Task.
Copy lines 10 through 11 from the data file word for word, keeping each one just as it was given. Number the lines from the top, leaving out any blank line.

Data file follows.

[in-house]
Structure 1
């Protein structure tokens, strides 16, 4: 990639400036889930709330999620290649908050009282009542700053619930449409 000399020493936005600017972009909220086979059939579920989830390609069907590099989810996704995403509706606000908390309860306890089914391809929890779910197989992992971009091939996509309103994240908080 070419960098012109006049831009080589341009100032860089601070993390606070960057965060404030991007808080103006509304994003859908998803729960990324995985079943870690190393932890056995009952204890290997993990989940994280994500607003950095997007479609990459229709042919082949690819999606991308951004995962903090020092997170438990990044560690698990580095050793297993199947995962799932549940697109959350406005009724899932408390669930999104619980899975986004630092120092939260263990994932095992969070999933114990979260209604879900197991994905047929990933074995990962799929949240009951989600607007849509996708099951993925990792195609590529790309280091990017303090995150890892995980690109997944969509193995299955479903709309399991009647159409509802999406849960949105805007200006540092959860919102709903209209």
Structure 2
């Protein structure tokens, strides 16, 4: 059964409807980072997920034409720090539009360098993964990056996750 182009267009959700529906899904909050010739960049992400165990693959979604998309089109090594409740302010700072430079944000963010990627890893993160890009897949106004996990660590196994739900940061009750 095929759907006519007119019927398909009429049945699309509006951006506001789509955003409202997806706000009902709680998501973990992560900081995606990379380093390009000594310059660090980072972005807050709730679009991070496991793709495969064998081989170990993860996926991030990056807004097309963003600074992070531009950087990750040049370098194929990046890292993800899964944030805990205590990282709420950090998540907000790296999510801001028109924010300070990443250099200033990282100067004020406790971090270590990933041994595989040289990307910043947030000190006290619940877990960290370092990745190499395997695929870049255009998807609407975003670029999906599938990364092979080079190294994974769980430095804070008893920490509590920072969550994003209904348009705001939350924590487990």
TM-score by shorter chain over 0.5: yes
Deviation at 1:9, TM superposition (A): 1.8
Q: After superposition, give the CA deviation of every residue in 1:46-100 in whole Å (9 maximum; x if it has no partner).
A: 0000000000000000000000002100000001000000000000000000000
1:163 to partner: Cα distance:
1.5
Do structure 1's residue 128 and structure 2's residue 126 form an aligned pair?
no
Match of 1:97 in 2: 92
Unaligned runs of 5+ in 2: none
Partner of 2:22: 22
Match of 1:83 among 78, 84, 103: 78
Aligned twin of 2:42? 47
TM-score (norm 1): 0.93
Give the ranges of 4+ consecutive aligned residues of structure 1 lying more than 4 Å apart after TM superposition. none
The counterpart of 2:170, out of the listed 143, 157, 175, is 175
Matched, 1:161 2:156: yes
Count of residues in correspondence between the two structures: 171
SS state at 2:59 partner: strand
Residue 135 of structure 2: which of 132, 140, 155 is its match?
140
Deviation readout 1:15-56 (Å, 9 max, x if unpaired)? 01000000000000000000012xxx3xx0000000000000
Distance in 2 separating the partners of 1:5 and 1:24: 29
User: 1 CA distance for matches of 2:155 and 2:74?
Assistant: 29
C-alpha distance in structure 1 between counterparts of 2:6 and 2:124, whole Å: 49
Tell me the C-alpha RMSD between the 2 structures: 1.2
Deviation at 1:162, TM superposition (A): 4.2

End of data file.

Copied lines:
1:163 to partner: Cα distance:
1.5